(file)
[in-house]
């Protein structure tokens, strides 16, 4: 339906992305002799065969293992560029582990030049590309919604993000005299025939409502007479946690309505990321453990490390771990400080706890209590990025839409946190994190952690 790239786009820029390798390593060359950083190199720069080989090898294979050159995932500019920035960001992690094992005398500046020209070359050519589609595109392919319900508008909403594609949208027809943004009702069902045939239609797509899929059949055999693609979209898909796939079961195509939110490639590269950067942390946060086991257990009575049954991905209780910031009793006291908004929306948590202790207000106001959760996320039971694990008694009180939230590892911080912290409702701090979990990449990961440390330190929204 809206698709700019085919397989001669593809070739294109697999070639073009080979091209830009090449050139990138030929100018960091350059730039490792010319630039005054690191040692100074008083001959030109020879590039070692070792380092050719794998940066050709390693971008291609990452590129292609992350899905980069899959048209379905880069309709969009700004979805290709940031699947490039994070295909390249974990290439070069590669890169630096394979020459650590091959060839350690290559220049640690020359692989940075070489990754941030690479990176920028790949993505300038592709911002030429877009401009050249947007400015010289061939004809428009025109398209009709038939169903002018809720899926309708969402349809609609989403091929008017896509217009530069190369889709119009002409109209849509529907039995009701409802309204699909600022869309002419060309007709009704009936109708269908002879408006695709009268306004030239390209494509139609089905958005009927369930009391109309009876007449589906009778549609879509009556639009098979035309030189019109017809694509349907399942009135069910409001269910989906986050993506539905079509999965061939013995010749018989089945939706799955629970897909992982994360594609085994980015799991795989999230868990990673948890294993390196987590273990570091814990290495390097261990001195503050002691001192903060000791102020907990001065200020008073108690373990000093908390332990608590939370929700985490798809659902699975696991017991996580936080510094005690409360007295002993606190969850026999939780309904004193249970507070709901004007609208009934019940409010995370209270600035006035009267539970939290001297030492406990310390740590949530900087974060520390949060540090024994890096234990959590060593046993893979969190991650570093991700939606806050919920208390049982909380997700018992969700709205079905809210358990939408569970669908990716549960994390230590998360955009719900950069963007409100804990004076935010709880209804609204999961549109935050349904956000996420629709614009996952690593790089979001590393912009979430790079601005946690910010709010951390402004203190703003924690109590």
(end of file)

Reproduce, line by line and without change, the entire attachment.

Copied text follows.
[in-house]
């Protein structure tokens, strides 16, 4: 339906992305002799065969293992560029582990030049590309919604993000005299025939409502007479946690309505990321453990490390771990400080706890209590990025839409946190994190952690 790239786009820029390798390593060359950083190199720069080989090898294979050159995932500019920035960001992690094992005398500046020209070359050519589609595109392919319900508008909403594609949208027809943004009702069902045939239609797509899929059949055999693609979209898909796939079961195509939110490639590269950067942390946060086991257990009575049954991905209780910031009793006291908004929306948590202790207000106001959760996320039971694990008694009180939230590892911080912290409702701090979990990449990961440390330190929204 809206698709700019085919397989001669593809070739294109697999070639073009080979091209830009090449050139990138030929100018960091350059730039490792010319630039005054690191040692100074008083001959030109020879590039070692070792380092050719794998940066050709390693971008291609990452590129292609992350899905980069899959048209379905880069309709969009700004979805290709940031699947490039994070295909390249974990290439070069590669890169630096394979020459650590091959060839350690290559220049640690020359692989940075070489990754941030690479990176920028790949993505300038592709911002030429877009401009050249947007400015010289061939004809428009025109398209009709038939169903002018809720899926309708969402349809609609989403091929008017896509217009530069190369889709119009002409109209849509529907039995009701409802309204699909600022869309002419060309007709009704009936109708269908002879408006695709009268306004030239390209494509139609089905958005009927369930009391109309009876007449589906009778549609879509009556639009098979035309030189019109017809694509349907399942009135069910409001269910989906986050993506539905079509999965061939013995010749018989089945939706799955629970897909992982994360594609085994980015799991795989999230868990990673948890294993390196987590273990570091814990290495390097261990001195503050002691001192903060000791102020907990001065200020008073108690373990000093908390332990608590939370929700985490798809659902699975696991017991996580936080510094005690409360007295002993606190969850026999939780309904004193249970507070709901004007609208009934019940409010995370209270600035006035009267539970939290001297030492406990310390740590949530900087974060520390949060540090024994890096234990959590060593046993893979969190991650570093991700939606806050919920208390049982909380997700018992969700709205079905809210358990939408569970669908990716549960994390230590998360955009719900950069963007409100804990004076935010709880209804609204999961549109935050349904956000996420629709614009996952690593790089979001590393912009979430790079601005946690910010709010951390402004203190703003924690109590």